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Topic: post-UNO world of 32-bit uC's with 20K or more of SRAM (Read 2491 times) previous topic - next topic

-dev

Quote from: Robin2
I was not trying to suggest...
Right, I didn't think you were.  I probably should have emphasized this:

   "You could write..

Fixed above.

Quote
I was trying to get your opinion about the "safety" of using languages that have in-built GC on a PC?
Well, the word "safety" can trigger all kinds of requirements, so let's just say "risk of slowing down over time."  The answer is that, just like when using malloc/free, it isn't difficult to write code that makes it hard or impossible for a GC to do its job.  With some care you can mitigate the risk.  Anything that gets "deployed" and that could have "serious" consequences will/should be reviewed and profiled to catch the naughty behavior.  Most software doesn't go through that process, so you can expect most software to exhibit the problem.  Empirically, slowdowns obviously happen and it's not because electrons are tired.  ;)

Cheers,
/dev
Really, I used to be /dev.  :(

Robin2

Well, the word "safety" can trigger all kinds of requirements, so let's just say "risk of slowing down over time."  The answer is that, just like when using malloc/free, it isn't difficult to write code that makes it hard or impossible for a GC to do its job.  With some care you can mitigate the risk.  Anything that gets "deployed" and that could have "serious" consequences will/should be reviewed and profiled to catch the naughty behavior.  Most software doesn't go through that process, so you can expect most software to exhibit the problem.  Empirically, slowdowns obviously happen and it's not because electrons are tired.  ;)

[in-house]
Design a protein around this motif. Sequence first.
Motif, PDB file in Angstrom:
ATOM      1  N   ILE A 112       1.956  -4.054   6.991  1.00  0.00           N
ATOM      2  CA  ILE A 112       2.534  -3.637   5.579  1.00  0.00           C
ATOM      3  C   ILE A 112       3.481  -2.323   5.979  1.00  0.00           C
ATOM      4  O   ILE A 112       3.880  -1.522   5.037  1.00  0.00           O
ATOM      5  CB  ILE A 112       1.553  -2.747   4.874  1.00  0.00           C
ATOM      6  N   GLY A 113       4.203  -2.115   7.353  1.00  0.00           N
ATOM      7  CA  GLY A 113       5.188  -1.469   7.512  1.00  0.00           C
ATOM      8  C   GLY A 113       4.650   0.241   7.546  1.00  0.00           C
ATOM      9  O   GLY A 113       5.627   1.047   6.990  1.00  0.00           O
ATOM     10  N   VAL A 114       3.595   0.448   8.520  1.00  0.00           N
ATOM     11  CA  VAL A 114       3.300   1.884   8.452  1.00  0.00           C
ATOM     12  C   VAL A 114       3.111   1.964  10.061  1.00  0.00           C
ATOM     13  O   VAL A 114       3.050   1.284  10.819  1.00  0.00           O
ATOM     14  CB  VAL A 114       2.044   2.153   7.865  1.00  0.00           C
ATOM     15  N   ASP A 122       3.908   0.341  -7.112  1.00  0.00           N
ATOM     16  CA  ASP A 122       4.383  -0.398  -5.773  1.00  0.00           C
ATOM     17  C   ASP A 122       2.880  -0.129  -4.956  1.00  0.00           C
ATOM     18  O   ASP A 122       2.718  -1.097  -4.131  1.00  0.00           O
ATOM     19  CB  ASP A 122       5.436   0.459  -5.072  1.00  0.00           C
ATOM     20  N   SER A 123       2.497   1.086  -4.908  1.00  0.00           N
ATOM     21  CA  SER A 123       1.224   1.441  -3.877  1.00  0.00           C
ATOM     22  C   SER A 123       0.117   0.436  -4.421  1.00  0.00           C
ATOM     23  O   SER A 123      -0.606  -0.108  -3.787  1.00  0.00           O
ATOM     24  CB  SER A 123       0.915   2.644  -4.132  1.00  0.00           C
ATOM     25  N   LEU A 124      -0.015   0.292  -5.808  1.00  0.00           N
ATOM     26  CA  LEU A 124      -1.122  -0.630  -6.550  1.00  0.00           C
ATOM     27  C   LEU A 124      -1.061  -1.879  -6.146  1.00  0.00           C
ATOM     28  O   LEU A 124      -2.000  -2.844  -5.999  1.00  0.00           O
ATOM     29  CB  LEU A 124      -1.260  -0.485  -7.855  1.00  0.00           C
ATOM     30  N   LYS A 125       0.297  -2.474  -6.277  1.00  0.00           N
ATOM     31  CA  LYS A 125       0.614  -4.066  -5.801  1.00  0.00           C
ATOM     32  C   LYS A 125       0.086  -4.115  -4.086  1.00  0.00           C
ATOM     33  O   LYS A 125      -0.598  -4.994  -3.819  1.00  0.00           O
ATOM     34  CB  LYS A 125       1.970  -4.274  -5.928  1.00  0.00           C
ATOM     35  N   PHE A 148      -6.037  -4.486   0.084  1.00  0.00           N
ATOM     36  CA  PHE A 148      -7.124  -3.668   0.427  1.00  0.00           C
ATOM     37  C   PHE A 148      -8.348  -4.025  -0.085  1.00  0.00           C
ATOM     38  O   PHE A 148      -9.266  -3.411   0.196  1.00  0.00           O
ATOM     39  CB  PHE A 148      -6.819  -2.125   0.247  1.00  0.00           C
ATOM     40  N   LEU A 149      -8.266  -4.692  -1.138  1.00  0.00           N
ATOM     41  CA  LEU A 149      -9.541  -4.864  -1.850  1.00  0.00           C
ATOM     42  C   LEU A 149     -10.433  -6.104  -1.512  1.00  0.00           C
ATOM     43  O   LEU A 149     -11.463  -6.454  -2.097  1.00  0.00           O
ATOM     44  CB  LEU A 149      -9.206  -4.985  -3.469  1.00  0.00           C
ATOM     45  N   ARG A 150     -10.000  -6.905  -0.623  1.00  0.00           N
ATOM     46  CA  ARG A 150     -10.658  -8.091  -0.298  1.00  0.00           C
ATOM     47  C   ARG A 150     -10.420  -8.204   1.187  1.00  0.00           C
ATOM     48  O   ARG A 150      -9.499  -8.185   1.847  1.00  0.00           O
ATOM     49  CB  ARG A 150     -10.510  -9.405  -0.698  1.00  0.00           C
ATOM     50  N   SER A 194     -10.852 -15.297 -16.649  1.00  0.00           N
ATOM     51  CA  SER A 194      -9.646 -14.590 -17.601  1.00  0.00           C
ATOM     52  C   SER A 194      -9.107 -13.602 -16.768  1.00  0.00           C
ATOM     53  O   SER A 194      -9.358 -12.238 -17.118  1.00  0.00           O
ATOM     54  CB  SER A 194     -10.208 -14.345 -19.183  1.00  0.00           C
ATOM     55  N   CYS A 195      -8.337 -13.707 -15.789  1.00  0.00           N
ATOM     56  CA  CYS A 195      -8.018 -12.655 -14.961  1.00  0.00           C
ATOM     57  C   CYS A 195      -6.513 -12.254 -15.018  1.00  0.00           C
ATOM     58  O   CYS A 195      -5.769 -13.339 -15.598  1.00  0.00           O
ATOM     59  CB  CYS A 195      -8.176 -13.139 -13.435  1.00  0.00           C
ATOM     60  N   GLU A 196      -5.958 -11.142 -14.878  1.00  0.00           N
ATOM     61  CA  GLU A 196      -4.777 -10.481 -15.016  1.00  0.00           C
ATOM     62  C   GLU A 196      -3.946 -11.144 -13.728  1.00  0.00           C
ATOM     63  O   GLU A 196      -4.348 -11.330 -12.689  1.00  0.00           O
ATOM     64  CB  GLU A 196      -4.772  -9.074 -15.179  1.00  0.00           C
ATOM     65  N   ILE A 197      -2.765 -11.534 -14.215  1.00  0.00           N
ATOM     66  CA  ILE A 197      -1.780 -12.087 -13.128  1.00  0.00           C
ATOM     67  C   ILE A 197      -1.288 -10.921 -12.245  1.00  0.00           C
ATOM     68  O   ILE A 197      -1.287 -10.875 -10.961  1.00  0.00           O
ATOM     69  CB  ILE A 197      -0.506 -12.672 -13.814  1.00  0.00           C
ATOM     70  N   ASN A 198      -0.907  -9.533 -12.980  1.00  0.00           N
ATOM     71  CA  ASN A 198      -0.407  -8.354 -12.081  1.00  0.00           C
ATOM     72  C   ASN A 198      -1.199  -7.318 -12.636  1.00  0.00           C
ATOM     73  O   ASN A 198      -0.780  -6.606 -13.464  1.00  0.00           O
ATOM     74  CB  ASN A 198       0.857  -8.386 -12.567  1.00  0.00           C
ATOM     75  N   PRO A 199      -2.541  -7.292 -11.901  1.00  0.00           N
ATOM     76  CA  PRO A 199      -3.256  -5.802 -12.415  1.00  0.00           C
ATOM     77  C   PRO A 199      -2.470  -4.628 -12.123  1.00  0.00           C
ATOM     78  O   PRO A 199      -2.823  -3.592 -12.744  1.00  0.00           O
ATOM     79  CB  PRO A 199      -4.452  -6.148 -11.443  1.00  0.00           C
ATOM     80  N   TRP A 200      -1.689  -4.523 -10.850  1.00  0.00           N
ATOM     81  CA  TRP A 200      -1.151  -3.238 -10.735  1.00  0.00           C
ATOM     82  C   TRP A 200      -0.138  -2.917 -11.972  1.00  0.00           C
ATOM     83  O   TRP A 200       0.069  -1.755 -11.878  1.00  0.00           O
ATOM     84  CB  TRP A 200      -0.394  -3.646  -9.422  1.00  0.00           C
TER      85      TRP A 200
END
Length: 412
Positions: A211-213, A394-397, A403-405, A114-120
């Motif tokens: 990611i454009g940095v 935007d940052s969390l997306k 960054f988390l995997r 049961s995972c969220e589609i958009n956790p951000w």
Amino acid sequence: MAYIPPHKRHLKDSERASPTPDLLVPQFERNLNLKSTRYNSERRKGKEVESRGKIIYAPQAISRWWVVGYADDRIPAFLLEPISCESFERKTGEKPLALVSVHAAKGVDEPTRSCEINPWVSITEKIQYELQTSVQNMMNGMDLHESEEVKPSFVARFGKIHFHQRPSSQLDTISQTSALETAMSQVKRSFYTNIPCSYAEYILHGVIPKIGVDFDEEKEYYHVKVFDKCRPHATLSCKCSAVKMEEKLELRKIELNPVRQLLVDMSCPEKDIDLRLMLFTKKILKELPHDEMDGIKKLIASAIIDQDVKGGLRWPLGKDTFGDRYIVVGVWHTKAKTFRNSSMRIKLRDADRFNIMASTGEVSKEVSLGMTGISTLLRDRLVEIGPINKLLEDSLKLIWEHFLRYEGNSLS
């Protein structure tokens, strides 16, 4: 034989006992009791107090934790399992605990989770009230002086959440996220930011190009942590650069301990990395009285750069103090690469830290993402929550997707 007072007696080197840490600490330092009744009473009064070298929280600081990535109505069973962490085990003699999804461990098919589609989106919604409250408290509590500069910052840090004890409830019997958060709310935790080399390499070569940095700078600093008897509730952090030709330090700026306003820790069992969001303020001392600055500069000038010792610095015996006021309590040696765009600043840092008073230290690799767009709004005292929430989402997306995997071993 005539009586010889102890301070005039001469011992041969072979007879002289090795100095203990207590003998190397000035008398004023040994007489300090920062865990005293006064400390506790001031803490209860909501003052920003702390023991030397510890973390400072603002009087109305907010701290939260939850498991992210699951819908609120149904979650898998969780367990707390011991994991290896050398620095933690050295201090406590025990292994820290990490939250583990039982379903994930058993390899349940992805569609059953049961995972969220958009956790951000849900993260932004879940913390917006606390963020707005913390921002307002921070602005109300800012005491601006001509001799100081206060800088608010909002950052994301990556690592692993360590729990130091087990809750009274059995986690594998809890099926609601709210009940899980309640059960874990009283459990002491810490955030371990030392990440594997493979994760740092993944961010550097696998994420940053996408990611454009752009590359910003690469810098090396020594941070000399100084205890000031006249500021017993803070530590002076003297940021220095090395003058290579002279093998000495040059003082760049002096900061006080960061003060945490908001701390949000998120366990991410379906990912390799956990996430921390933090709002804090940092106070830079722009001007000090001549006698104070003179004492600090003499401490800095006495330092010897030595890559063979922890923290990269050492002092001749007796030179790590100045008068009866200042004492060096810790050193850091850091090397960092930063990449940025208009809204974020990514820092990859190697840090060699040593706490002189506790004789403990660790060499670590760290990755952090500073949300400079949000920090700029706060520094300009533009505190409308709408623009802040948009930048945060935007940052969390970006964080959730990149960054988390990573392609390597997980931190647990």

A good "politician's" answer. The only part you missed was the preamble "I'm glad you asked me that question" :)

I was not trying to enquire whether it might be possible to defeat a garbage collection system.

I just want to know if a person can write a program using (for example) one of the .NET languages or Python or Ruby or Java without having to worry about memory leaks due to poor garbage collection?

...R
Two or three hours spent thinking and reading documentation solves most programming problems.

-dev

Quote
I just want to know if a person can write a program using (for example) one of the .NET languages or Python or Ruby or Java without having to worry about memory leaks due to poor garbage collection?
Hmm...  It's a broad question, so I'm having trouble giving a narrow answer.  The narrowest things I can say are:

*  All the platforms listed have good, tested GCs.  If you are careful, they should be able to "find" things that should be deleted, which keeps the memory footprint down.

*  GCs do not prevent fragmentation, except as a secondary effect of freeing memory.  I'm sure those platforms use many advanced techniques to avoid fragmentation for the most common resources.  For the .NET framework, MSDN explicitly states: "Virtual address space can get fragmented."

*  It is not difficult to write code that defeats GC, and I don't mean maliciously.  Beginners can write naive code that will cause a slowdown due to fragmentation and/or swapping due to increasing memory usage.

*  It is easy to write code that has unbounded memory growth.  Experienced developers can do it accidentally.  Remember the recent forum slowdown?  It was caused by an array that was getting too large.  :D  And have you ever seen a sketch that limits the size of a String?  Use that "+=" with abandon!

So.  Can "a person" write "an app" on those platforms, using "dynamic objects", still achieve bounded memory growth, bounded fragmentation, and long-term stability (days)?

Yes, it is possible.  But in a random sample, I would say the odds are "not good".  Just consider the size of those platforms, the impossibility of being idiot-proof, and how often EVERYONE HAS TO REBOOT.